The whole gang (plus one Tita) headed down to Key West for a little beach time and relaxation. Did I really write that? I totally meant support Mike in his 12.5-mile swim race that spanned the perimeter of the entire island.
10 days. Three flights. Two states. A taste of early American history and a big bite of family and friends. We did it all with both kids plus some sanity to spare.
The day finally came. Maxon embraced his inner artist. Actually, truth be told, this day came a few months ago but we have been a little, ahem, neglectful of our little blog. It all started the day I realized that he was holding scissors properly and opening and closing the blades to effectively cut paper. Prior to that he could get the scissors to close once and then just ripped the paper apart. Then the cute little button-and-string manipulatives I bought were actually being threaded together instead of being thrown across the room in frustration. Lo and behold, the dexterity in this little three-year-old’s finger (“but I’m three-and-a-half!”) can do more than swipe the screen of the iPad.
Next thing I know, he is writing his name. I fully credit Mike for introducing the concept of writing letters on the whiteboard and then to school for their daily “journal” exercises. Over the next few weeks, he came home with sheets of “artwork” where he dutifully wrote his own name on the back. At first the letters in his name were mostly in a jumble, definitely written in order but placed inconsistently. Sometimes it was even right to left. Over the next few weeks, the line became straighter and always left to right. He started drawing actual pictures instead of tight little scribbles. I’m not saying I always know what he’s drawing but clearly he has a vision.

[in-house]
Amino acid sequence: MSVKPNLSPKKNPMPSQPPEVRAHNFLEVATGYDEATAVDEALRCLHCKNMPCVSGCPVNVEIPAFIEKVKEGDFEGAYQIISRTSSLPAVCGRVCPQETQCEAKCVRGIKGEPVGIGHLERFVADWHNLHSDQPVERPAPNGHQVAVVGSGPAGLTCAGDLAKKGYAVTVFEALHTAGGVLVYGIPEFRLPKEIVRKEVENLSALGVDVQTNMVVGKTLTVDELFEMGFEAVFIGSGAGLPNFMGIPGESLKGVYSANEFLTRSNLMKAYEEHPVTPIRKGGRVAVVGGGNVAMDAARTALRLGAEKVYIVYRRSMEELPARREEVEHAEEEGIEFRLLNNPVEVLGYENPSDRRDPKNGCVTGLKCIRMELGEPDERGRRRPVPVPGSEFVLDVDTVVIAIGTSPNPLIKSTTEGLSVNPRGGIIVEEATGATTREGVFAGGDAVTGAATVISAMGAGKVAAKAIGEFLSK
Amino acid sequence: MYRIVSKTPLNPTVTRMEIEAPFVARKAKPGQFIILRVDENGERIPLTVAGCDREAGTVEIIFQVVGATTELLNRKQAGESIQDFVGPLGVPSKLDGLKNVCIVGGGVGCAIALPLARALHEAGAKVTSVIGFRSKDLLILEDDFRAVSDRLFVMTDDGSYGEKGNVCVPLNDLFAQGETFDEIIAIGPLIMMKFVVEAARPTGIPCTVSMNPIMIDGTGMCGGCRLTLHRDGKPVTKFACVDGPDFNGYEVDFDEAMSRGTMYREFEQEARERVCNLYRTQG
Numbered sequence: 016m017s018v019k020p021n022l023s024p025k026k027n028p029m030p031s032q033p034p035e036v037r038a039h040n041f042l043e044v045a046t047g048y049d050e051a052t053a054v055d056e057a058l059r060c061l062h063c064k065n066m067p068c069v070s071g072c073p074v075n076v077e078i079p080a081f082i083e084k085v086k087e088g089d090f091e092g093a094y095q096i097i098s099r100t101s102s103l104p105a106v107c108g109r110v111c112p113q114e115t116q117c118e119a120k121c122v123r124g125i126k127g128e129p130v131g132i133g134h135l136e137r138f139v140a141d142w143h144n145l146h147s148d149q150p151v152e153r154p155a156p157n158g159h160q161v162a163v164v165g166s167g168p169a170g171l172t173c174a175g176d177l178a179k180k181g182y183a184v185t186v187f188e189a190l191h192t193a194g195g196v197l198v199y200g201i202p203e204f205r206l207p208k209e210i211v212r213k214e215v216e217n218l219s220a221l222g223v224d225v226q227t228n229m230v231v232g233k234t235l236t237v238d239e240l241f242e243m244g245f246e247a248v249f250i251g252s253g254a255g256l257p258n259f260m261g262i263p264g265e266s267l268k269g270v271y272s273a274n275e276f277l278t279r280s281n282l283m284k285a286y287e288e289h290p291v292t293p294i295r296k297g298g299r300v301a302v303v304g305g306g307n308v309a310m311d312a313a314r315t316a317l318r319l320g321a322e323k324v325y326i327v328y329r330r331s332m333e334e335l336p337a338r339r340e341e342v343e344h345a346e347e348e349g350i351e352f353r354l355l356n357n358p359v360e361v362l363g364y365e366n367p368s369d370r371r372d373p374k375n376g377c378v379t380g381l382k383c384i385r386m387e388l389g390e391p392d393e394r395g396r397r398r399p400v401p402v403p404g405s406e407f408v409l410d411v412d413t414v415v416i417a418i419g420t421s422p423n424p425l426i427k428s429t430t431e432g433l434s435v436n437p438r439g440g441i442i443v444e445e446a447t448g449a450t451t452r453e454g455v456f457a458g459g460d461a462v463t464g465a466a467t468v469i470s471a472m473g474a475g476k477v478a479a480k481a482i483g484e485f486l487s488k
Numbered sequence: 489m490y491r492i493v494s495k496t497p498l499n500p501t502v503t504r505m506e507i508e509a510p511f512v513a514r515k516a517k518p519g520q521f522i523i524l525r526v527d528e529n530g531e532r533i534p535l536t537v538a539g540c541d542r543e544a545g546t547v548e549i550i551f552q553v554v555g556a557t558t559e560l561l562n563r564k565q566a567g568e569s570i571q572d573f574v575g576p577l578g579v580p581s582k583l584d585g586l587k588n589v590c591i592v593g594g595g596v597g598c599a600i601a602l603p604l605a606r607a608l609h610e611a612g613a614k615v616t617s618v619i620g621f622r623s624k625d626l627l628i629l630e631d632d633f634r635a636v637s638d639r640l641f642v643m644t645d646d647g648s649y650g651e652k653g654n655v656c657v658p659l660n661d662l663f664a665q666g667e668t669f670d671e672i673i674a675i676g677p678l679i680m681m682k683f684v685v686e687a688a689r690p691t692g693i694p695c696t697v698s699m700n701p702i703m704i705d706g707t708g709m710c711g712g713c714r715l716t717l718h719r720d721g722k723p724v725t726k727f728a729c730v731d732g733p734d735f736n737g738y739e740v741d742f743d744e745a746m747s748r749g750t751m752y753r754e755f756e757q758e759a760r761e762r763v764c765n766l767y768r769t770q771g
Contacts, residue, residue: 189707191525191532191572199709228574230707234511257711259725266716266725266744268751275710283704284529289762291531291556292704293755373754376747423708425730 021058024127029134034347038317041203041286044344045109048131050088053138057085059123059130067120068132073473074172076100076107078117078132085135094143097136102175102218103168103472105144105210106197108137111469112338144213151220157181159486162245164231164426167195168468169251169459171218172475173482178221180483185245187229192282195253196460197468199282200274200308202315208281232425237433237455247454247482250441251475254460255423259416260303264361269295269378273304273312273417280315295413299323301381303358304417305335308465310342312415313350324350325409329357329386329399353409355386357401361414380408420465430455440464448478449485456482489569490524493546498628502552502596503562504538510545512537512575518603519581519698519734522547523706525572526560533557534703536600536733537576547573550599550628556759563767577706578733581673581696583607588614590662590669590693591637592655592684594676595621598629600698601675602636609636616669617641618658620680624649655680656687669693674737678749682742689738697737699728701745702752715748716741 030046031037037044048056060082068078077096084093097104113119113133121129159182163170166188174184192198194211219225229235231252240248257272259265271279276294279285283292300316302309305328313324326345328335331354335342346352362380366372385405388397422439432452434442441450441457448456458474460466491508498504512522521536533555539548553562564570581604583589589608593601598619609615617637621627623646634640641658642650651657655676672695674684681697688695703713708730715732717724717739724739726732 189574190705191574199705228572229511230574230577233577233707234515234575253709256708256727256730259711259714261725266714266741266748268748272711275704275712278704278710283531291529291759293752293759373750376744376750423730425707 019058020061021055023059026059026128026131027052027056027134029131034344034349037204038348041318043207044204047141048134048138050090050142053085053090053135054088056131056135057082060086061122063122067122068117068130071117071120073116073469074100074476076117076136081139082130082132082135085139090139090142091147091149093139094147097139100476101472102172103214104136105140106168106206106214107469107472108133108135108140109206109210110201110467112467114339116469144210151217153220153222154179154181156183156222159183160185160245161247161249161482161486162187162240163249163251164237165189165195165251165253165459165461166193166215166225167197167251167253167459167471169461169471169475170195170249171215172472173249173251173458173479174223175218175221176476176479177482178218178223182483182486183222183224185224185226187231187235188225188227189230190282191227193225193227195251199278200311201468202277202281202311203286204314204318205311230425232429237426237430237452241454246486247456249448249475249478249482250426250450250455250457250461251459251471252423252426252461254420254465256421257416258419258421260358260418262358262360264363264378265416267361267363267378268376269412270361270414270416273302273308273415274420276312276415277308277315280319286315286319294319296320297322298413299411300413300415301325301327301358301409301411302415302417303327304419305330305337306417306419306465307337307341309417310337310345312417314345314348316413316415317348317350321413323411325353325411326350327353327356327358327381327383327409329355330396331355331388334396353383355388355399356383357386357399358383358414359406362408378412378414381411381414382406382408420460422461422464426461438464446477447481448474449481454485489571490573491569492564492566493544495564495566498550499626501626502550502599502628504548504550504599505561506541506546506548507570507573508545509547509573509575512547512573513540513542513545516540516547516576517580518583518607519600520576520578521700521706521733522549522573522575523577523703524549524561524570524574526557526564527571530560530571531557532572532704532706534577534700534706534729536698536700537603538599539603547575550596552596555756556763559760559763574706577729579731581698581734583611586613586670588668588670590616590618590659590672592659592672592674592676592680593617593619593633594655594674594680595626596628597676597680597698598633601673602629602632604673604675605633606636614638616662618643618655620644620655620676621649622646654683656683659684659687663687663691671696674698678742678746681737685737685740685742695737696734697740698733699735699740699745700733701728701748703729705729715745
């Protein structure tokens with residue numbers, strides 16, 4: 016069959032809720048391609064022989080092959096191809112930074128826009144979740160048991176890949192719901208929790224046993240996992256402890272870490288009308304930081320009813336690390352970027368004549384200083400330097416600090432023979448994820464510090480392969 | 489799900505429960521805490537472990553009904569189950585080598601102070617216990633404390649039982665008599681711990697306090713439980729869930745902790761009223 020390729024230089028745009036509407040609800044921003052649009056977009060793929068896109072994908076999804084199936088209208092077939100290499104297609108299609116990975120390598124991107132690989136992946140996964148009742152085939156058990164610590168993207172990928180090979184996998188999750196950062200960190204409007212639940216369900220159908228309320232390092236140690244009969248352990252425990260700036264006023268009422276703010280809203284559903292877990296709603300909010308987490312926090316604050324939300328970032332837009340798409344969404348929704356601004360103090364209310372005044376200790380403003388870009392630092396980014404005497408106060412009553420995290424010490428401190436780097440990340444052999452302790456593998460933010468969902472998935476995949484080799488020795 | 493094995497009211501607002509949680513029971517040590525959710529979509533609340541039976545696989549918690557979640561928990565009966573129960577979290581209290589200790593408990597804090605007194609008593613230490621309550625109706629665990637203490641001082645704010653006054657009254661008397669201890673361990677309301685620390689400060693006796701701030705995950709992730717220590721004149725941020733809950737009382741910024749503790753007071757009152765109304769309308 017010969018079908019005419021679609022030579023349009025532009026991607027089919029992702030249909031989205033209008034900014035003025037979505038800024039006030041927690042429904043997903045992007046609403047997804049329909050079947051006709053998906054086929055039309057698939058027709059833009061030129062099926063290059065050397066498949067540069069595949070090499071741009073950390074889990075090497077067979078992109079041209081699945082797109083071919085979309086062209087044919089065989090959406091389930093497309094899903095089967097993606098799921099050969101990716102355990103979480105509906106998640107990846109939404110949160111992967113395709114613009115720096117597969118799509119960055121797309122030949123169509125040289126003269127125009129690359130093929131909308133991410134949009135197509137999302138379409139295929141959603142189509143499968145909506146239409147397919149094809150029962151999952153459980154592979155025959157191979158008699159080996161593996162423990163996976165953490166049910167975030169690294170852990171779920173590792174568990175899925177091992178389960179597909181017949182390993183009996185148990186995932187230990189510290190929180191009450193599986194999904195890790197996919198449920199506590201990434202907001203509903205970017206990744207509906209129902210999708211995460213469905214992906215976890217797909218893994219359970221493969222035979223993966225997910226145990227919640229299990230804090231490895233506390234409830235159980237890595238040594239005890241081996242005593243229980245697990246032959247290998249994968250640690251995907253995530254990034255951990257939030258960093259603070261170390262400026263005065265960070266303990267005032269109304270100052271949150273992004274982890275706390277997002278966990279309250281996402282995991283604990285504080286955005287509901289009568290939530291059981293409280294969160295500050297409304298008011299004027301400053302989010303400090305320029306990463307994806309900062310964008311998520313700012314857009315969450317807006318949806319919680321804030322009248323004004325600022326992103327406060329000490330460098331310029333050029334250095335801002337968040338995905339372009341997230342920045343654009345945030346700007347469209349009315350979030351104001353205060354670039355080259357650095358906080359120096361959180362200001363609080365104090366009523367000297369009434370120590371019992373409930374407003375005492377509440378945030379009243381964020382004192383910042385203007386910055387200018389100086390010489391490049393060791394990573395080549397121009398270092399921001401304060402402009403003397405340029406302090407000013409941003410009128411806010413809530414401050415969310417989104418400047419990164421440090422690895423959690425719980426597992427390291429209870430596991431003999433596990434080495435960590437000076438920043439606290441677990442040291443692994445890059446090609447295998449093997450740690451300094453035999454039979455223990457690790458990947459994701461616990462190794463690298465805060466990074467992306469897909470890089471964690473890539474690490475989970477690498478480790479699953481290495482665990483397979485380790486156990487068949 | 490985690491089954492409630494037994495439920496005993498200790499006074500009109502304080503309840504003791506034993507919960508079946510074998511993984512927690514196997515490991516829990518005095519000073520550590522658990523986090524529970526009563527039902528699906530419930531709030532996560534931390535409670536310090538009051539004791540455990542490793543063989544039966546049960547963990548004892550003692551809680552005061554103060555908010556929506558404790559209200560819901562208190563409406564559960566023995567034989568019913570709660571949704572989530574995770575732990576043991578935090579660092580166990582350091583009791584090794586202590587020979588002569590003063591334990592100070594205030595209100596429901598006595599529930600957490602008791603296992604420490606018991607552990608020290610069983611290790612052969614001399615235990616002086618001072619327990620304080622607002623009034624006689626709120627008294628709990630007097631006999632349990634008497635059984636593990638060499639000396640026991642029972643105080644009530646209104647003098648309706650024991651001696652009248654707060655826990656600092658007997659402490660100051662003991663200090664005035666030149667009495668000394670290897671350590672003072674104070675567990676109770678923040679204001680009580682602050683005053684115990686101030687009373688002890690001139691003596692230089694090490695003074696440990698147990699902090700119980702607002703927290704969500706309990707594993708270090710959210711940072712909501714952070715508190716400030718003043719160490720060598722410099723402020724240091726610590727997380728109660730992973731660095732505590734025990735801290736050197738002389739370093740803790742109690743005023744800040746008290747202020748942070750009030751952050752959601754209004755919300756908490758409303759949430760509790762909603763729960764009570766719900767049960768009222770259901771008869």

We’ve also tried out a number of classes this spring. We just wrapped up a semester of Music Together with Cooper and we are currently trying out soccer class with varying levels of success. The shakiest class we’ve taken so far was swim lessons just last month. It was the first class of any kind where he left me by the sidelines and he was on his own in his little class with the teacher. While eager to do what he was told by the teacher, he would do the bare minimum to get any place on his head wet and was generally ready to bail if another kid started getting a little splashy. When the teacher was pulling them around the pool on pool noodles, he kept his head and neck so far up above water I thought he’d get a cramp. While he didn’t love swim lessons on that first go-round, I do think it piqued his interest and he is much more adamant about going to the pool lately. We had a big breakthrough while we were in Virginia where he was able to float all by himself on a pool noodle and just this weekend he got into our neighbor’s pool (with another promise of a pool noodle) without much prodding. There is still hope.
However, not all developments are positive. Maxon is also embracing his inner toddler. I thought it was just a passing phase a few months ago but still it lingers. The baby talk. The whining. The whimpering and crying at the drop of a hat. The whining. The volleyball conversations that sound a lot like “yes, it is” and “no, it’s not”. Wanting to be carried just like Cooper. Or eating whatever Cooper is eating. And the whining. Lots of whining. Did I mention whining?